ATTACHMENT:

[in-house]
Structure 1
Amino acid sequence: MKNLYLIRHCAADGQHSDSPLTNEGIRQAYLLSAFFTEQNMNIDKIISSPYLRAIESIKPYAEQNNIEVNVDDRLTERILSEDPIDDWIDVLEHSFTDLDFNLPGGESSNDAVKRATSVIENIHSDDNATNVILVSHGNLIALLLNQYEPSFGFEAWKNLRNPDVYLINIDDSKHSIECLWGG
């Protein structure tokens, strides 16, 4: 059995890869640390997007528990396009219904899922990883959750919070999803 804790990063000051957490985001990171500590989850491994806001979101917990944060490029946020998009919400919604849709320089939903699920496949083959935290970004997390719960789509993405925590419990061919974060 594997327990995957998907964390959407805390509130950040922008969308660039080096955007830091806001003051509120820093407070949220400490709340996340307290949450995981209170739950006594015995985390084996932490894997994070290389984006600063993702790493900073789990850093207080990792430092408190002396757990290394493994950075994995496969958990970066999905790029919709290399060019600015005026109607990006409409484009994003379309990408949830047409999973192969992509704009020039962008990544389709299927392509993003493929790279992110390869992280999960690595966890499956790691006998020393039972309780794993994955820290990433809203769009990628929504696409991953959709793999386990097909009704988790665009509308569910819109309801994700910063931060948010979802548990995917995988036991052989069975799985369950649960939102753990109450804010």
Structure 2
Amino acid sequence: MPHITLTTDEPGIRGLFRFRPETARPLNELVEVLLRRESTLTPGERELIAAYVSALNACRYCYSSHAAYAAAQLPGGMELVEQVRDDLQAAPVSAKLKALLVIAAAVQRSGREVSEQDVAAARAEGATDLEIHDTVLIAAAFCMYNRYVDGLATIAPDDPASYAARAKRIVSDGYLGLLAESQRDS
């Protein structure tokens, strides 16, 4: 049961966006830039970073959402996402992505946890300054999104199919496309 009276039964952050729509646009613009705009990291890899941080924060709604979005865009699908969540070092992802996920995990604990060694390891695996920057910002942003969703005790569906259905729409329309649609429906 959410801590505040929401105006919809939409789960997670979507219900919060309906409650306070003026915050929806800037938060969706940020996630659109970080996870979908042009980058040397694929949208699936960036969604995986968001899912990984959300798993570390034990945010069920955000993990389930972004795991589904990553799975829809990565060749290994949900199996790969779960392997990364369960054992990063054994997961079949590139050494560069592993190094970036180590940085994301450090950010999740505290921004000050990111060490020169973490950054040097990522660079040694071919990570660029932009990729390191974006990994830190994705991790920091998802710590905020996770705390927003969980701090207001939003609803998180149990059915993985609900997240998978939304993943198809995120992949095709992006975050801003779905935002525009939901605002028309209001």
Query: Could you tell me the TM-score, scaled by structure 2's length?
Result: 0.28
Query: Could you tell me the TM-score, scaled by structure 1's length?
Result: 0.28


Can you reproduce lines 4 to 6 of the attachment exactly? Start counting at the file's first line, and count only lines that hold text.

């Protein structure tokens, strides 16, 4: 059995890869640390997007528990396009219904899922990883959750919070999803 804790990063000051957490985001990171500590989850491994806001979101917990944060490029946020998009919400919604849709320089939903699920496949083959935290970004997390719960789509993405925590419990061919974060 594997327990995957998907964390959407805390509130950040922008969308660039080096955007830091806001003051509120820093407070949220400490709340996340307290949450995981209170739950006594015995985390084996932490894997994070290389984006600063993702790493900073789990850093207080990792430092408190002396757990290394493994950075994995496969958990970066999905790029919709290399060019600015005026109607990006409409484009994003379309990408949830047409999973192969992509704009020039962008990544389709299927392509993003493929790279992110390869992280999960690595966890499956790691006998020393039972309780794993994955820290990433809203769009990628929504696409991953959709793999386990097909009704988790665009509308569910819109309801994700910063931060948010979802548990995917995988036991052989069975799985369950649960939102753990109450804010």
Structure 2
Amino acid sequence: MPHITLTTDEPGIRGLFRFRPETARPLNELVEVLLRRESTLTPGERELIAAYVSALNACRYCYSSHAAYAAAQLPGGMELVEQVRDDLQAAPVSAKLKALLVIAAAVQRSGREVSEQDVAAARAEGATDLEIHDTVLIAAAFCMYNRYVDGLATIAPDDPASYAARAKRIVSDGYLGLLAESQRDS